Goldman Sachs: Earnings Bad News for Doomsayers

Todd Sullivan profile picture
Todd Sullivan
7.41K Followers

So, Goldman Sachs (NYSE:GS) announced results yesterday and it was bad news for the doomsayers.

The Results: (Click here for conference call transcripts.)

GS reported net income of $1.51 billion, or $3.23 a share, for the quarter ended Feb. 29, compared to $3.2 billion, or $6.67 a share last year. Revenue decreased 35% to $8.34 billion. Analysts estimates were for earnings of $2.58 a share on revenue of $7.47 billion.

Other numbers:

  • Return on equity was 17%;
  • Trading and principal investments segment saw revenue decrease 46% because of credit and investment losses.
  • Investment banking revenue dropped 32% because of a decline in debt underwriting;
  • Asset management unit recorded a 23% increase on higher fees.

Not great, but, better than expected. When you combine these results with those at Lehman (LEH), they make the Bear Stearns (BSC) situation look more like a management issue rather than a systemic event.

This is not to say that things are going to turn on a dime and begin to rise. It is also not to say there may be other, smaller institutions suffering (Ambac (ABK) ,MBIA (MBI)) and possibly folding. It is to say that a widespread banking run will not happen, and because of that, the system will remain intact. Because of that, we now know there is a light at the end of this tunnel.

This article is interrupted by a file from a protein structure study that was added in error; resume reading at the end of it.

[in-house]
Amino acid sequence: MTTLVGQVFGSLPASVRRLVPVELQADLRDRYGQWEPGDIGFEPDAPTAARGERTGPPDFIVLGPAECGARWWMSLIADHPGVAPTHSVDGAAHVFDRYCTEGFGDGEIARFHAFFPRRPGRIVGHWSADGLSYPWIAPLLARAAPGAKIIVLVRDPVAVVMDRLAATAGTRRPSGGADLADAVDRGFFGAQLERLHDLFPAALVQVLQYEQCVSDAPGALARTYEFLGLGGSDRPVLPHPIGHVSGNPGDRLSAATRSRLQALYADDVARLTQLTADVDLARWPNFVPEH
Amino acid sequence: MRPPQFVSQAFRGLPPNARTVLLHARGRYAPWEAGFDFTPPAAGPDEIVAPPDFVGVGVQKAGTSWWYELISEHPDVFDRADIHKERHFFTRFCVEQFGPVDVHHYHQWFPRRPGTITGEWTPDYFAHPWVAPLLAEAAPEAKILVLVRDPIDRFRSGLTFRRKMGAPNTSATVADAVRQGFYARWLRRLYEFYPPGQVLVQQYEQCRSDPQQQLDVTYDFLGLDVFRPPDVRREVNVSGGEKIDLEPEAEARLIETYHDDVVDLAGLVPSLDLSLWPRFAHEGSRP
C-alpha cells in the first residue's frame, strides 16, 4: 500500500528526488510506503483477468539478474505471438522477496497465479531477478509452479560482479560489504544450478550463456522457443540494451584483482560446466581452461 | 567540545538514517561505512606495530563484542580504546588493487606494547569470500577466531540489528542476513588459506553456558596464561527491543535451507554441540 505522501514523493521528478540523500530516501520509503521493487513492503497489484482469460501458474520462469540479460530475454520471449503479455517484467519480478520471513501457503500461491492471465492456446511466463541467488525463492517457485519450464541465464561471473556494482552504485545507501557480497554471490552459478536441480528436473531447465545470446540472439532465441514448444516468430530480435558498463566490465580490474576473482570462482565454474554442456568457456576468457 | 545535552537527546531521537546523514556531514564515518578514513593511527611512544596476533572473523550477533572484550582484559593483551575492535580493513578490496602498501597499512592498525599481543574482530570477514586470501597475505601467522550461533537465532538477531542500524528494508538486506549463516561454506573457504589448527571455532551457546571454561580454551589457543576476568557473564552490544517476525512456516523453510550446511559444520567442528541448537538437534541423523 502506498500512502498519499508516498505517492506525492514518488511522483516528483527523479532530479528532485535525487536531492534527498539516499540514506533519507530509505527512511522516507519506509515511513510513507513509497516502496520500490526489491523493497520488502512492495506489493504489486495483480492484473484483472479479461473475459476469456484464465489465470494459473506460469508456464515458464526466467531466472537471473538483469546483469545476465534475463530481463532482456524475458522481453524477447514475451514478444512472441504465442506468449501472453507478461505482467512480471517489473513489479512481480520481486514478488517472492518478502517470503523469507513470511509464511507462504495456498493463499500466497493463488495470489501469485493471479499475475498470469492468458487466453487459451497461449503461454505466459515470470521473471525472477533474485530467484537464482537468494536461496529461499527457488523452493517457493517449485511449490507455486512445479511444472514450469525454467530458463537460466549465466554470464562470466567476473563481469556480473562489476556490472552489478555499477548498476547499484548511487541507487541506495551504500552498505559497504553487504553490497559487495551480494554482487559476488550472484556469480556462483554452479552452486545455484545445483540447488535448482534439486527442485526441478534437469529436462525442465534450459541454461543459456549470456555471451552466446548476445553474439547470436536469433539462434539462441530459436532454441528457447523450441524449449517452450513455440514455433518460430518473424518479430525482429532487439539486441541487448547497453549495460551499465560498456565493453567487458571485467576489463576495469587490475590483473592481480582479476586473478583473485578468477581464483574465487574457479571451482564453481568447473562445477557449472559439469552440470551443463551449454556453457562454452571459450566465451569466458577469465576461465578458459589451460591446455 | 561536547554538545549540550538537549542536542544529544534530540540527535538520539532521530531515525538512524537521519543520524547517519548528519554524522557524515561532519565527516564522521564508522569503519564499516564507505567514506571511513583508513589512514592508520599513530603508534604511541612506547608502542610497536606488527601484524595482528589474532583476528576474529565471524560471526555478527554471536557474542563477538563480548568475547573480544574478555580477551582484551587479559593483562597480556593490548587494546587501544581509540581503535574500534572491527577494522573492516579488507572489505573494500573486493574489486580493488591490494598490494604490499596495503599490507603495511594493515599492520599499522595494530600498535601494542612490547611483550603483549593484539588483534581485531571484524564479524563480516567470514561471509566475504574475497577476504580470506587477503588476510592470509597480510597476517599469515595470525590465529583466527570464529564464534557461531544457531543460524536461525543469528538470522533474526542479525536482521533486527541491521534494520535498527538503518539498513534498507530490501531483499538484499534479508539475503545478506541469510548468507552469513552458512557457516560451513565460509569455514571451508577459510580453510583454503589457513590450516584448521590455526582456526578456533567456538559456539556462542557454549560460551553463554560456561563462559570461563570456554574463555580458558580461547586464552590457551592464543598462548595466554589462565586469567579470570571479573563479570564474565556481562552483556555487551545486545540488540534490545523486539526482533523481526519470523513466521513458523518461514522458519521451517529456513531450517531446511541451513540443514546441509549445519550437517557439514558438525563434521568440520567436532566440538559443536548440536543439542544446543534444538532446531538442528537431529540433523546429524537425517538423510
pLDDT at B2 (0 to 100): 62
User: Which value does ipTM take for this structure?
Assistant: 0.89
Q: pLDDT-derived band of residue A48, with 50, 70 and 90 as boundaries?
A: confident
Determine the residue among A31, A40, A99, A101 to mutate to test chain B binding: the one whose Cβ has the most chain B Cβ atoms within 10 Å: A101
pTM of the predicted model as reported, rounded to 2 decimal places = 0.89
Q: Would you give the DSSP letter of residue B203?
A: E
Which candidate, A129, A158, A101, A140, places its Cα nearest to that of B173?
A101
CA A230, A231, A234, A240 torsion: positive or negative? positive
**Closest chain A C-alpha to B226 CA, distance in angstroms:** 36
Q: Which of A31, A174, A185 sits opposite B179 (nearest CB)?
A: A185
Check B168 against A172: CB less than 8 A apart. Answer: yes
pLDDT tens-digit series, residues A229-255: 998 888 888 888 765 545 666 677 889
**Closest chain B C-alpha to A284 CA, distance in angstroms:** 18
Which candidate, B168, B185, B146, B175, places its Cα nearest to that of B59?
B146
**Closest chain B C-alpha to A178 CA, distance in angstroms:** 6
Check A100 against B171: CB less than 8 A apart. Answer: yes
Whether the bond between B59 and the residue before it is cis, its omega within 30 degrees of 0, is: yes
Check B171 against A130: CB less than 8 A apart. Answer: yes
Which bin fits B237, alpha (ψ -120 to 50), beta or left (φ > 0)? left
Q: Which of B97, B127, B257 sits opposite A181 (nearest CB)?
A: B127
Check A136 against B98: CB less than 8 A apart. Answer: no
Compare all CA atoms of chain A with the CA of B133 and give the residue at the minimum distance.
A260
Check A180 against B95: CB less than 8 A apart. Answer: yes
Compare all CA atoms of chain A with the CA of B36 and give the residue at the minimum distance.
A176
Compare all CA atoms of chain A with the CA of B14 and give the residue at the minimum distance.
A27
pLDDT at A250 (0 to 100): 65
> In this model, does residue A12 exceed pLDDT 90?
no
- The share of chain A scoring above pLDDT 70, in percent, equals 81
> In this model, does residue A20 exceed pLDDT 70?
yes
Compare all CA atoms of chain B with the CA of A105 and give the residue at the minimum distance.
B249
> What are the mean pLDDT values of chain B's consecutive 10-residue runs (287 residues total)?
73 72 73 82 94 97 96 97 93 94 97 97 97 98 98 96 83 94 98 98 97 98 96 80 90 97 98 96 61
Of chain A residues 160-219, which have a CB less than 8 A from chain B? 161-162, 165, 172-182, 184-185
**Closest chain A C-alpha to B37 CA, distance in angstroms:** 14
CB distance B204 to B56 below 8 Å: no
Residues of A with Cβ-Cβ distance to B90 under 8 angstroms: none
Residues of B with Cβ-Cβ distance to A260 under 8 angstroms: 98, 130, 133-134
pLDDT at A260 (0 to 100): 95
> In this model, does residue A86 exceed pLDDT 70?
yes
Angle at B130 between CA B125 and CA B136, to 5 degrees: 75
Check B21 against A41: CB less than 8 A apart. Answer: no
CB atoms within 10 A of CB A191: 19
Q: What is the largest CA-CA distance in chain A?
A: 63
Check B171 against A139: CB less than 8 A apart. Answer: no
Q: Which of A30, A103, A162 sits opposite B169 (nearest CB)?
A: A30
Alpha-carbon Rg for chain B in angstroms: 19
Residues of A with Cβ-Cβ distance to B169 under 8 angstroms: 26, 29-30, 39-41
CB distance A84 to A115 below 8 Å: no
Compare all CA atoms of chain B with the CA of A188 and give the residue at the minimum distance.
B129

Now, where is the light? I think is is closer than it currently looks. Let's not forget, the losses the banks are seeing are unrealized for the most part. This means they are writing down the value of a security because of an assumed market value of it, not because of a tangible deterioration of the assets performance. That is a huge point.

It means that when we can now value these instruments higher, earnings jump, fast.

This article was written by

Todd Sullivan profile picture
7.41K Followers
Todd Sullivan is a Massachusetts-based value investor and Co-Founder and General Partner in Rand Strategic Partners. He looks for investments he believes are selling for a discount to their intrinsic value given their current situation and future prospects. He holds them until that value is realized or the fundamentals change in a way that no longer supports his original thesis. His blog features his various ideas and general commentary and he updates readers on their progress in a timely fashion. His commentary has been seen in the online versions of the Wall St. Journal, New York Times, CNN Money, Business Week, Crain's NY and others. He has also appeared on Fox Business News and is a RealMoney.com contributor. He has twice presented at Bill Ackman's Harbor investment Conference and is a regular presenter at the Manual of Ideas "Best Ideas" conferences. Visit his sites: ValuePlays (http://valueplays.net/) , Rand Strategic Partners (http://randstrategicpartners.com)

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